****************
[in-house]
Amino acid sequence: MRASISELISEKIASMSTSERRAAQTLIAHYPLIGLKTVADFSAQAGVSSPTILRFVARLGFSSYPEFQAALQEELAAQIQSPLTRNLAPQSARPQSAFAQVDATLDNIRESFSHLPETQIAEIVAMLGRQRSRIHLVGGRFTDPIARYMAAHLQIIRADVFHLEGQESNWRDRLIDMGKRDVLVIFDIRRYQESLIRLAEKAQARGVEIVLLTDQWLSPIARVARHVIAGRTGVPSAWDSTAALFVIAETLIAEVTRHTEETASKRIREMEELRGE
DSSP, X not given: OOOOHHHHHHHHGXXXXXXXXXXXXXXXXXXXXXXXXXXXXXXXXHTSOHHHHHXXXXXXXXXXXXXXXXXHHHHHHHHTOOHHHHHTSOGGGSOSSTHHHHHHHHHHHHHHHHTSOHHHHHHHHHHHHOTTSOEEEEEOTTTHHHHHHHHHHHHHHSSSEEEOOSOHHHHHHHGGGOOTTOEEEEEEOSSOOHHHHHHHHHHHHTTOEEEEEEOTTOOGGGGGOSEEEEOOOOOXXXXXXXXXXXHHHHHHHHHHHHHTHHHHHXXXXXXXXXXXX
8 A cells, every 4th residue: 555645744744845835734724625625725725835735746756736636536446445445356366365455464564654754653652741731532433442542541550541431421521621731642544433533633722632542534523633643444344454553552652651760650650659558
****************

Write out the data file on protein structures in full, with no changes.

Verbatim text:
[in-house]
Amino acid sequence: MRASISELISEKIASMSTSERRAAQTLIAHYPLIGLKTVADFSAQAGVSSPTILRFVARLGFSSYPEFQAALQEELAAQIQSPLTRNLAPQSARPQSAFAQVDATLDNIRESFSHLPETQIAEIVAMLGRQRSRIHLVGGRFTDPIARYMAAHLQIIRADVFHLEGQESNWRDRLIDMGKRDVLVIFDIRRYQESLIRLAEKAQARGVEIVLLTDQWLSPIARVARHVIAGRTGVPSAWDSTAALFVIAETLIAEVTRHTEETASKRIREMEELRGE
DSSP, X not given: OOOOHHHHHHHHGXXXXXXXXXXXXXXXXXXXXXXXXXXXXXXXXHTSOHHHHHXXXXXXXXXXXXXXXXXHHHHHHHHTOOHHHHHTSOGGGSOSSTHHHHHHHHHHHHHHHHTSOHHHHHHHHHHHHOTTSOEEEEEOTTTHHHHHHHHHHHHHHSSSEEEOOSOHHHHHHHGGGOOTTOEEEEEEOSSOOHHHHHHHHHHHHTTOEEEEEEOTTOOGGGGGOSEEEEOOOOOXXXXXXXXXXXHHHHHHHHHHHHHTHHHHHXXXXXXXXXXXX
8 A cells, every 4th residue: 555645744744845835734724625625725725835735746756736636536446445445356366365455464564654754653652741731532433442542541550541431421521621731642544433533633722632542534523633643444344454553552652651760650650659558